Retailer Big Lots Inc. is taking itself off the market after failing to attract high enough bids, a source familiar with the situation said, the latest auction that has proven out of private equity bidders' reach.
Private equity firms' interest in the retailer waned due to concerns about the price, two sources familiar with the matter said.
There was a large gap between where the stock had risen and what the buyers were willing to pay, one of the sources said. Bidders had been looking at prices in the low $30s a share, that source said, while the company's stock had traded above $40.
The shares dropped 11.8 percent to $33.30 in afternoon New York Stock Exchange trading, valuing Big Lots at about $2.5 billion.
While financing is available for leveraged buyout deals, the run-up in market valuations means that many potential targets are too expensive for private equity firms, which typically target returns of 20 percent on their investments.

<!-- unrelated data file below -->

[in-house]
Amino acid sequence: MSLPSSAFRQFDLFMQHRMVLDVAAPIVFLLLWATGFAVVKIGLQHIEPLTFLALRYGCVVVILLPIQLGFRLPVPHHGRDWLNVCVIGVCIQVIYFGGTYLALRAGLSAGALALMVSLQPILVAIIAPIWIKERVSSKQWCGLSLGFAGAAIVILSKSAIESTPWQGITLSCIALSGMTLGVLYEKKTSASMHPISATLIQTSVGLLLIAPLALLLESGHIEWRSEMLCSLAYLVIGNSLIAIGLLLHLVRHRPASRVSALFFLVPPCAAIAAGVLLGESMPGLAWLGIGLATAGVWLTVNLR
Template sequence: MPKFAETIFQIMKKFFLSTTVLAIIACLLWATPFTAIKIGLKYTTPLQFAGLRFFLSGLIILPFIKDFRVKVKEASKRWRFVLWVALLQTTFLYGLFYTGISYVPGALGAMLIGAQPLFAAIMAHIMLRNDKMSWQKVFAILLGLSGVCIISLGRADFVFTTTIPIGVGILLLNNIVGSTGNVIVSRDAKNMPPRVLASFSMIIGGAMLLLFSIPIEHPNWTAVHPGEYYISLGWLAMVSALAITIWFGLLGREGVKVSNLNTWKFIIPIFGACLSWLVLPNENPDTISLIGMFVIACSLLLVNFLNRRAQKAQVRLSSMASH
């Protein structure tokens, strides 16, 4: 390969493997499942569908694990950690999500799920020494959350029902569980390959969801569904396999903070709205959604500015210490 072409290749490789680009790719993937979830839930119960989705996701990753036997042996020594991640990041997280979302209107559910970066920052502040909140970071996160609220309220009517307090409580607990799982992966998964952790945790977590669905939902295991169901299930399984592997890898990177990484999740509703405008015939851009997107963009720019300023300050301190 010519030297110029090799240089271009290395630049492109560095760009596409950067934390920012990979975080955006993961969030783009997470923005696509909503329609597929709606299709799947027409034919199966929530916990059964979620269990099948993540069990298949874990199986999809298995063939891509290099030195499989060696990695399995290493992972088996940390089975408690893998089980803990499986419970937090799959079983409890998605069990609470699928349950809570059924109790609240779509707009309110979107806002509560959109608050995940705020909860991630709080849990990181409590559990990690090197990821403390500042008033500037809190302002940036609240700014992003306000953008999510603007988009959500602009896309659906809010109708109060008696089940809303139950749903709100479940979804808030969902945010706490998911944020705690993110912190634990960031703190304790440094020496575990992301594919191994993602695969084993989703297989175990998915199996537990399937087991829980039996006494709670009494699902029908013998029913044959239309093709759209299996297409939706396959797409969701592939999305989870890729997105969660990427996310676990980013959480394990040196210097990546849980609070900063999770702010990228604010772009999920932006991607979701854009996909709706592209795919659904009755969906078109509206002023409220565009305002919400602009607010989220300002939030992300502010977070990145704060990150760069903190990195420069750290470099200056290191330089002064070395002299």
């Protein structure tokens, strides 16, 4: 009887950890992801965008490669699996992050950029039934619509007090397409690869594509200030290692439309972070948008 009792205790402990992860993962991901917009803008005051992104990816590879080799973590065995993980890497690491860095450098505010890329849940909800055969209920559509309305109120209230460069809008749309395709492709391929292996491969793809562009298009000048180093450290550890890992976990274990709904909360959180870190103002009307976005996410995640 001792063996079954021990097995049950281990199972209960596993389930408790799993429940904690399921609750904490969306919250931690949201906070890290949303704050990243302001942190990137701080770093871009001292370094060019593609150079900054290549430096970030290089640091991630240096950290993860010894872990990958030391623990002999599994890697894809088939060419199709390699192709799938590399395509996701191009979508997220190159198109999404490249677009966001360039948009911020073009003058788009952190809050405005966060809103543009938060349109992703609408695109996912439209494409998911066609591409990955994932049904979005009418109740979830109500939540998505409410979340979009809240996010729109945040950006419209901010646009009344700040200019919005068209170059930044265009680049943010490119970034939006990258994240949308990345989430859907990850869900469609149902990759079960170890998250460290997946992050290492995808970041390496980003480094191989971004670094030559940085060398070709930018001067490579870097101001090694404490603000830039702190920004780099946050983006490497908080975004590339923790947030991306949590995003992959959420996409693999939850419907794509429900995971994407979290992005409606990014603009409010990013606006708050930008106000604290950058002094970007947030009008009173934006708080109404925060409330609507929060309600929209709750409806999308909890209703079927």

Companies in the same sector as the target are now frequently outbidding private equity firms.
A number of private equity firms, including Bain Capital and Thomas H. Lee Partners, had been interested in Big Lots, sources familiar with the matter previously told Reuters.
Columbus, Ohio-based Big Lots, which competes with larger companies such as Dollar General Corp. and Wal-Mart Stores Inc., hired Goldman Sachs Group Inc. to explore a sale, a source familiar with the matter previously said.
Big Lots was not immediately available for a comment about the failed auction, which was first reported in The Wall Street Journal.
The company, which stocks its stores with merchandise that has been overproduced, discontinued or rejected by other retailers, has suffered from aggressive discounting and promotions by rivals in recent quarters.
BUYOUT FIRMS OUTBID
This is the latest auction which has not resulted in a deal for private equity.
Several private equity firms were competing for Landis+Gyr, but Japanese electronics manufacturer Toshiba Corp. prevailed, striking a $2.3 billion deal for the Switzerland-based smart metering company on Thursday.
Private equity bidders have also been dropping out of the auction for Federal-Mogul Corp. Carlyle Group and Apollo Global Management APO.N are no longer interested in buying the company, several sources familiar with the situation told Reuters earlier this week, shrinking the field of potential bidders for the auto parts company.
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